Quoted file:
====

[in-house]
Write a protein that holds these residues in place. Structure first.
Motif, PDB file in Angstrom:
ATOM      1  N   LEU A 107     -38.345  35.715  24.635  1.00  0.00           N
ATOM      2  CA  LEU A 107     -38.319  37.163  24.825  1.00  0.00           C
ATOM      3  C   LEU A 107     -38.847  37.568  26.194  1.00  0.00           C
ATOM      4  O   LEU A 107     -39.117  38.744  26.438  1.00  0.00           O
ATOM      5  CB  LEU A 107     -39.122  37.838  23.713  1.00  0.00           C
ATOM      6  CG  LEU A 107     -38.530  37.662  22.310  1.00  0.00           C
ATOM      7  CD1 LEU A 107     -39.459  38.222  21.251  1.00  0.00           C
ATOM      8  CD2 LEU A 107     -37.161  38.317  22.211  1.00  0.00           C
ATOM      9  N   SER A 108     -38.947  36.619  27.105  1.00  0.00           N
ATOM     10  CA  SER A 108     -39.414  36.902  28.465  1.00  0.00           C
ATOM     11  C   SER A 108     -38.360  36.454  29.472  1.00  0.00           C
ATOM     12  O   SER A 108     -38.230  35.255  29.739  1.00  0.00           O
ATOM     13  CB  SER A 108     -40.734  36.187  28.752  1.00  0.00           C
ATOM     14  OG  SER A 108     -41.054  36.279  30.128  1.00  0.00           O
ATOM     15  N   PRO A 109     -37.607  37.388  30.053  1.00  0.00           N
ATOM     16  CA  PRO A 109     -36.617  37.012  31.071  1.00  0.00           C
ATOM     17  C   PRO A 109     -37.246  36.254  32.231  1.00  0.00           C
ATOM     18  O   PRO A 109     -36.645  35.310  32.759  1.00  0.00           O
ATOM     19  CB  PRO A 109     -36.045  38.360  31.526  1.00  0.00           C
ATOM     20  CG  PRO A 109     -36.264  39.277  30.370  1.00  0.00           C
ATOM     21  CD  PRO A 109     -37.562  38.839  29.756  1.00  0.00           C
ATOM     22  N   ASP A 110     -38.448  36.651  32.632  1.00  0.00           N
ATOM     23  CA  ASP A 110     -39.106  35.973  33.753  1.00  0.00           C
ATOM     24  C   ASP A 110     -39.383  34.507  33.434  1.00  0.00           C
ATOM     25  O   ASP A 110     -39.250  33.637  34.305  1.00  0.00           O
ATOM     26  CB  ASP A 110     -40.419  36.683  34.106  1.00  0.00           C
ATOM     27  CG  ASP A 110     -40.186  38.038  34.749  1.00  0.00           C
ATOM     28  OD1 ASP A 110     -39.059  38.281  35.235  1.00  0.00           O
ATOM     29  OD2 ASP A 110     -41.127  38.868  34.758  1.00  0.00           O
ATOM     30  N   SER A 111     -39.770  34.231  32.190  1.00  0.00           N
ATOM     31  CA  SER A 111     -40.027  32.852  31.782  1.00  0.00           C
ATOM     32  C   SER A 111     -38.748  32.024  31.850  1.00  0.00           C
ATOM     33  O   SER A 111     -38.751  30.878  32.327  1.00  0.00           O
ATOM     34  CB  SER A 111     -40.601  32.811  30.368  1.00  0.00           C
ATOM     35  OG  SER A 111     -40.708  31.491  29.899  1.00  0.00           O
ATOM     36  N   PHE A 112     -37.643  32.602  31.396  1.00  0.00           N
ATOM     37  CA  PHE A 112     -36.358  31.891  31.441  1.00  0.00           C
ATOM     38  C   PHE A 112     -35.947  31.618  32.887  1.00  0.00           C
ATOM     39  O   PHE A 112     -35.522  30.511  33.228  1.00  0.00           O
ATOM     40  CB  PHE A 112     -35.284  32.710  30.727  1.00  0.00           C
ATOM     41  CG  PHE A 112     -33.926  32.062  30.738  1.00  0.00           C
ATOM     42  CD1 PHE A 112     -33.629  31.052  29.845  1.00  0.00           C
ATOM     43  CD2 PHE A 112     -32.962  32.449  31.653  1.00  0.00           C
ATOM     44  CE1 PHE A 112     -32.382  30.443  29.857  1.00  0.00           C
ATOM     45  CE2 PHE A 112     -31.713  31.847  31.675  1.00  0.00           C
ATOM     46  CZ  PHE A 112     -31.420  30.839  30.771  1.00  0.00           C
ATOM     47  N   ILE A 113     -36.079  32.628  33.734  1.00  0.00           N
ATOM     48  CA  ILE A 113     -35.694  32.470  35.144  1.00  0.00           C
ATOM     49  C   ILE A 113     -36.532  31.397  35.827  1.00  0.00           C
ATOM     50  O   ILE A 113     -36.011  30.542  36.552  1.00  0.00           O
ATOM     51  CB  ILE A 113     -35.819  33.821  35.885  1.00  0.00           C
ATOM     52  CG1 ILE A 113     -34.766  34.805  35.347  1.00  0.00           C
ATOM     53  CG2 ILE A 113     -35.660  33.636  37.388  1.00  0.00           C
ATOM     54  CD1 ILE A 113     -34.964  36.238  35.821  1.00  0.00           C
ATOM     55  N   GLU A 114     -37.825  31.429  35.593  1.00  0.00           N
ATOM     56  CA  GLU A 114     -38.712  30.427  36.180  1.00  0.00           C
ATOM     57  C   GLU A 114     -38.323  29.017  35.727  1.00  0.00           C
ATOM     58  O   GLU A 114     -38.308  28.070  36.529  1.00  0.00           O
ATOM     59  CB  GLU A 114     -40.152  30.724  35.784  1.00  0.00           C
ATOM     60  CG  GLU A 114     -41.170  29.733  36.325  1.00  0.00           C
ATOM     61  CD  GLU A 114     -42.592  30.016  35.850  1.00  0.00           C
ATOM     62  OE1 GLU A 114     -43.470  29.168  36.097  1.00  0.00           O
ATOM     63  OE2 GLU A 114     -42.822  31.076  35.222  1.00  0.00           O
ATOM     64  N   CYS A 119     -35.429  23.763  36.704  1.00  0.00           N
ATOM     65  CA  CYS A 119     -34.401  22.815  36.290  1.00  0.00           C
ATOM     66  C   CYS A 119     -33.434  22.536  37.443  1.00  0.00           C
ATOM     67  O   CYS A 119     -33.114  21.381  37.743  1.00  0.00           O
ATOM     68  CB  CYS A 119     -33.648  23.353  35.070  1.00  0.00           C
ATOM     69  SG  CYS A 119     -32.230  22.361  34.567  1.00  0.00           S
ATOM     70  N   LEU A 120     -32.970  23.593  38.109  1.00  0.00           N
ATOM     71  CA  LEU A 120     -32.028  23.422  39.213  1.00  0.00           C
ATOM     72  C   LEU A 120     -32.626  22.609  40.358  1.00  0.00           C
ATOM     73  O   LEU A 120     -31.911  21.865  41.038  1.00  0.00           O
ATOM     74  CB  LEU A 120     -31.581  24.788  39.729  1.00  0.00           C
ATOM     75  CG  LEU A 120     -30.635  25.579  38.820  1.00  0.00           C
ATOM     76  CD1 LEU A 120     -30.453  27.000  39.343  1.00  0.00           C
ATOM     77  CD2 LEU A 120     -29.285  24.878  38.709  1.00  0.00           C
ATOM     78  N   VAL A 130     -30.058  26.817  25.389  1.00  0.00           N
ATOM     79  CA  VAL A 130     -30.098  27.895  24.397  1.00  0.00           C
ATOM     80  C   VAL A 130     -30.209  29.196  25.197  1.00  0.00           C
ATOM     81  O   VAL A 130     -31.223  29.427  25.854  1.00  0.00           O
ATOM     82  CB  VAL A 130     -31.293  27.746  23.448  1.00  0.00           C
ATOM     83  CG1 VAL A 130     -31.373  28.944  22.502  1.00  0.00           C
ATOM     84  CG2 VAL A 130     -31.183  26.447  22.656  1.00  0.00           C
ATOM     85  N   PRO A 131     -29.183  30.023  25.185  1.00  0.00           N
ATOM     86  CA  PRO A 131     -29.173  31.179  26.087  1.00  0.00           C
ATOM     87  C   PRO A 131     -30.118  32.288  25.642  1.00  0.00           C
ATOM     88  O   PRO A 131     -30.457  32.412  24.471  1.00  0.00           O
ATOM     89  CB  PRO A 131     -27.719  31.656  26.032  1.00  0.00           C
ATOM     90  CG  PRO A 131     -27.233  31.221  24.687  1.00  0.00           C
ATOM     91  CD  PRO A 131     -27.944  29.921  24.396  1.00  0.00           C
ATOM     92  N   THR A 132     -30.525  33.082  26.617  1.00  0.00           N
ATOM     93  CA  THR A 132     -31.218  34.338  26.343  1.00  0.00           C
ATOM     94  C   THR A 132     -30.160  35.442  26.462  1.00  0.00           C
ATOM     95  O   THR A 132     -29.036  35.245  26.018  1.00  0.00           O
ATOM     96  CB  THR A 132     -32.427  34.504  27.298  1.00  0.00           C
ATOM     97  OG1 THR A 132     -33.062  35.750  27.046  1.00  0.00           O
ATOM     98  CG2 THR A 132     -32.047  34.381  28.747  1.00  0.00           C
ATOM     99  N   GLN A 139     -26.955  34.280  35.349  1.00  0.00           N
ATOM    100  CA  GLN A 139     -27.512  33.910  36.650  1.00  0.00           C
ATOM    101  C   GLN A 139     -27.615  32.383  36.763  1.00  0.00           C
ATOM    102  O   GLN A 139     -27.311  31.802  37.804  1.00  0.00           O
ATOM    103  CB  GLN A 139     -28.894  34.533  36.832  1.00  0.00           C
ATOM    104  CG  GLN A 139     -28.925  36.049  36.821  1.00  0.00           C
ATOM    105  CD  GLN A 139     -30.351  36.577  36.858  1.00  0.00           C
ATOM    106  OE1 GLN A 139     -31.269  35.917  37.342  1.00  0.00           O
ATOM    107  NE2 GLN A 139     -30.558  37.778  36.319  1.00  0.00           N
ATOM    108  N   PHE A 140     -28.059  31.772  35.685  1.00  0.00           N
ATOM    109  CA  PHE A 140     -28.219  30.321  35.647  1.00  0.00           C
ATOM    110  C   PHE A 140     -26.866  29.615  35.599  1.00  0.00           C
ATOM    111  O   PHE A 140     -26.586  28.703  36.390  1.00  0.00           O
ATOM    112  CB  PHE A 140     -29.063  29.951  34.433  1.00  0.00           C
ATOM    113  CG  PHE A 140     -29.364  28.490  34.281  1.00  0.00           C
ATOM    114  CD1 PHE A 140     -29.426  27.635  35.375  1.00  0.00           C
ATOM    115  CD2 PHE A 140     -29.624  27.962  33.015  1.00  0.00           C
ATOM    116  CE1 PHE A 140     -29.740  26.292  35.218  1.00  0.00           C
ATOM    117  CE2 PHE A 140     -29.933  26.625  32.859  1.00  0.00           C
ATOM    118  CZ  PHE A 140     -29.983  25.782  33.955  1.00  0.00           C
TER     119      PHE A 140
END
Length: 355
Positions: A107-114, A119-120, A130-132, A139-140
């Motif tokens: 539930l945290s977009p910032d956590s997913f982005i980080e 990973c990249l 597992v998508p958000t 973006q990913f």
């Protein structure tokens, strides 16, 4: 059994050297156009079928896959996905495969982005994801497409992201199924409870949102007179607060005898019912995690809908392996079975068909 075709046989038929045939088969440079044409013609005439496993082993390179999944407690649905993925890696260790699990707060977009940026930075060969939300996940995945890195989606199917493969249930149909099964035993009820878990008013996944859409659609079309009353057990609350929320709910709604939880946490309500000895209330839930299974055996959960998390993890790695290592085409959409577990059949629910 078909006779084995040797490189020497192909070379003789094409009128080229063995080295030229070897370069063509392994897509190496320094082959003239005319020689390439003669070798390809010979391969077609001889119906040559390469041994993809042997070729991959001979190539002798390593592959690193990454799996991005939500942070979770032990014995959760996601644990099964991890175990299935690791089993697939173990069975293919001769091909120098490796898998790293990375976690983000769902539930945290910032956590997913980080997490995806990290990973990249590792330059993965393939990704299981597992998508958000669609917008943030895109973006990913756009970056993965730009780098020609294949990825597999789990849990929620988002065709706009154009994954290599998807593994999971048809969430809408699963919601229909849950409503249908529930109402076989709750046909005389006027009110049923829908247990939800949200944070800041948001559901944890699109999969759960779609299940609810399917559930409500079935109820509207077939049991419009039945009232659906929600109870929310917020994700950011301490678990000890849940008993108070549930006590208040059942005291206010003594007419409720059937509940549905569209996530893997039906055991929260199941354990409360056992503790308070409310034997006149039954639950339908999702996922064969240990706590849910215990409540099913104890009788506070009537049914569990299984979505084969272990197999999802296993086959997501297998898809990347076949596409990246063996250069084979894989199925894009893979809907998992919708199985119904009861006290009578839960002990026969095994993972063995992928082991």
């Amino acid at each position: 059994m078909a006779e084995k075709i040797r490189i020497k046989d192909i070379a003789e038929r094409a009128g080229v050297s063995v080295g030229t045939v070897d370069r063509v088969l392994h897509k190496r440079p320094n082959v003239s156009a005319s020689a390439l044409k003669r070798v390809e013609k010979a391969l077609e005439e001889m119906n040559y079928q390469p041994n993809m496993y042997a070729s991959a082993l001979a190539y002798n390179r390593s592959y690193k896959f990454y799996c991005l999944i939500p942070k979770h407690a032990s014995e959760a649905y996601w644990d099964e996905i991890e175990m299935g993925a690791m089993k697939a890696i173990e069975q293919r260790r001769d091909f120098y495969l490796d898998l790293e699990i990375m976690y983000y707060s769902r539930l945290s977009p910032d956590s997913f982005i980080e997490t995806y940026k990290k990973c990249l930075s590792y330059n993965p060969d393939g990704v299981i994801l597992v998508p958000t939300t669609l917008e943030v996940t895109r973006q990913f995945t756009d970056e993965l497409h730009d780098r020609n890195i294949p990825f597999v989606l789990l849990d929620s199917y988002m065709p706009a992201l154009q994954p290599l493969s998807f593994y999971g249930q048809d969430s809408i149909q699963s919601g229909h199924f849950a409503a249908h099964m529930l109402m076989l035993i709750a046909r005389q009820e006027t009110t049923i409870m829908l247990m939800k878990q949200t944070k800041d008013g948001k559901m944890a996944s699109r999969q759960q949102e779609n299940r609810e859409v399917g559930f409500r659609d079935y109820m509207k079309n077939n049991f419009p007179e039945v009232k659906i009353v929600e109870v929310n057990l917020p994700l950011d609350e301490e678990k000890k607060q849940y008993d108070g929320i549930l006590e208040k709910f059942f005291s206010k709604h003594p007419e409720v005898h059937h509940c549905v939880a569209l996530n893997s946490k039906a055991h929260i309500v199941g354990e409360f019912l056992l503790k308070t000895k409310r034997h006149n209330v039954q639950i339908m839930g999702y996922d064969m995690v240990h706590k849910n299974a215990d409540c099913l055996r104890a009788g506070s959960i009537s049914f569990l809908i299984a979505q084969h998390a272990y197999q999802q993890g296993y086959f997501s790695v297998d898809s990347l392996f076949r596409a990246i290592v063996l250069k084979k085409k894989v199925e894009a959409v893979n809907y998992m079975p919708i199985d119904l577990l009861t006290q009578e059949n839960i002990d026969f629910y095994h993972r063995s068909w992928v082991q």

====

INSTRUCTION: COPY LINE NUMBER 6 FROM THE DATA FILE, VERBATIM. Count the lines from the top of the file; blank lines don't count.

ATOM      3  C   LEU A 107     -38.847  37.568  26.194  1.00  0.00           C